New Balance Signs Multiyear Deal With Lindor Crew Signs Jersey-Sponsor Deal With Acura Monster Won't Change NASCAR Model Outfits NHL Signs PPG For New Leaguewide Category Four Brands Sign Up As WBC Global Sponsors Marketplace Roundup Ravens Offering $200,000 Sponsorship Package Lear Corp. Presenting Sponsor Of Detroit IndyCar Monster Focused On Younger Audience At Daytona Brands Seemingly Reluctant To Sponsor '18 World Cup
SBD/June 9, 2014/Marketing and Sponsorship
BP, AB Latest Sponsors Urging FIFA To Deal With Corruption Allegations Over '22 World Cup
Published June 9, 2014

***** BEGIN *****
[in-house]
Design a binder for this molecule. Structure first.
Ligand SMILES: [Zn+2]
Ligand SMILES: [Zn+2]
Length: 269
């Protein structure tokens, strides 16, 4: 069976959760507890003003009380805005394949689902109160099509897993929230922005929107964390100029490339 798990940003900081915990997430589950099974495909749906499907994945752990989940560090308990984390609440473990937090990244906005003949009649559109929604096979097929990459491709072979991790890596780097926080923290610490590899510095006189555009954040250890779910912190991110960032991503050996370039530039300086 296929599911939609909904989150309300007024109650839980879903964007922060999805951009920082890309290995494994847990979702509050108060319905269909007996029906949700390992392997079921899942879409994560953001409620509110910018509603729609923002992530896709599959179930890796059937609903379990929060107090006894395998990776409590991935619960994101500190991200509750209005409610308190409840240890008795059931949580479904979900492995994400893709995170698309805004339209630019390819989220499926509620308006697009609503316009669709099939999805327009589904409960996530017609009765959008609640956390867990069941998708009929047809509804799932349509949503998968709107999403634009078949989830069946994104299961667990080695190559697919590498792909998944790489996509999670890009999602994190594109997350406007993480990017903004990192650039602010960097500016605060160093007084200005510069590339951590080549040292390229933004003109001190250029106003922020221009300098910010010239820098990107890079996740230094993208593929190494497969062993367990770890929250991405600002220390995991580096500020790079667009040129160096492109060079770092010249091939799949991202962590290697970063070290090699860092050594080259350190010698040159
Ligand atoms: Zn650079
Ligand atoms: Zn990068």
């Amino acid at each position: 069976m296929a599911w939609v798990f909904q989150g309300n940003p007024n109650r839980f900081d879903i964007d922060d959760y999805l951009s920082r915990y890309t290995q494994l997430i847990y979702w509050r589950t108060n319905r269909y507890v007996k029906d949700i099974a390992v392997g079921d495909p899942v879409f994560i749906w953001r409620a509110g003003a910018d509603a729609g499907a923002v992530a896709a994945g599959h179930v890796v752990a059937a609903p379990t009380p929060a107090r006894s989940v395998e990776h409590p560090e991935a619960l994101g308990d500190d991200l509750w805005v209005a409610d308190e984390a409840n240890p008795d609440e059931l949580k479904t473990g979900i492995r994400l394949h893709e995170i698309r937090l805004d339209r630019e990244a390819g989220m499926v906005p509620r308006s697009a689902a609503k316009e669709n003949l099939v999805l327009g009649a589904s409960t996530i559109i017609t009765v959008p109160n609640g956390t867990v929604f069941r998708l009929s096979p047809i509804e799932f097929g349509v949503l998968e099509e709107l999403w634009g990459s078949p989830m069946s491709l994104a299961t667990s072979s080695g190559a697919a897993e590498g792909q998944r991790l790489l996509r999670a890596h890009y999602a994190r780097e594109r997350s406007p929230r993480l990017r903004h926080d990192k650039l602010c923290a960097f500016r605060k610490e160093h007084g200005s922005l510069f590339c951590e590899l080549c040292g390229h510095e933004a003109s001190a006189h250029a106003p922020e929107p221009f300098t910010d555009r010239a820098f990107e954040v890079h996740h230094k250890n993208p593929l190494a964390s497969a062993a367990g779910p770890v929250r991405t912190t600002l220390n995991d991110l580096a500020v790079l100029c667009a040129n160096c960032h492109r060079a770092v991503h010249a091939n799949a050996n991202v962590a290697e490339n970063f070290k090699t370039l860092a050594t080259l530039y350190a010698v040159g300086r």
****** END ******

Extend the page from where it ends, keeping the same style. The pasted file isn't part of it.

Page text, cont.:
TIME TO ABOLISH FIFA? In N.Y., Dave Zirin in a special wrote FIFA is "plagued by levels of corruption, graft and excess that would shame Silvio Berlusconi." Under the "iron-fisted leadership of Sepp Blatter, FIFA has been steeped in rotating scandals for so long, it’s difficult even to imagine its not being immersed in one public relations crisis or another." FIFA for decades has "entered the nations of the world with all the subtlety of a wrecking ball causing catastrophic damage, and every four years it gets away with it." The world is finally "seeing FIFA for what it is: a stateless conglomerate that takes bribes while acting as a battering ram for world leaders who want to use the majesty of the World Cup to push through their development agendas at great human cost." It is "past time to abolish FIFA" (N.Y. TIMES, 6/8). The GLOBE & MAIL's Jeff Gray wrote FIFA is "facing perhaps the biggest test of its 110-year history," as the governing body is "under siege as it grapples with mounting allegations of bribery and corruption that span the globe and involve millions of dollars." The "mess at FIFA," which expects to rake in US$4.5B in revenue from this year’s World Cup alone, "comes as corporations and governments around the world shift their attitudes toward bribery, a practice that until recently was quietly tolerated as the cost of doing business in certain parts of the world" (GLOVE & MAIL, 6/7). A N.Y. TIMES editorial stated, "No games are watched as intently as World Cup games. FIFA owes it to the world to strengthen its watch so soccer fans can cheer without any doubts" (N.Y. TIMES, 6/8). Smith College sports economics professor Andrew Zimbalist in a special to the BOSTON GLOBE wrote under the header, "IOC And FIFA: Monopoly Power Makes Pricey Games" (BOSTON GLOBE, 6/8).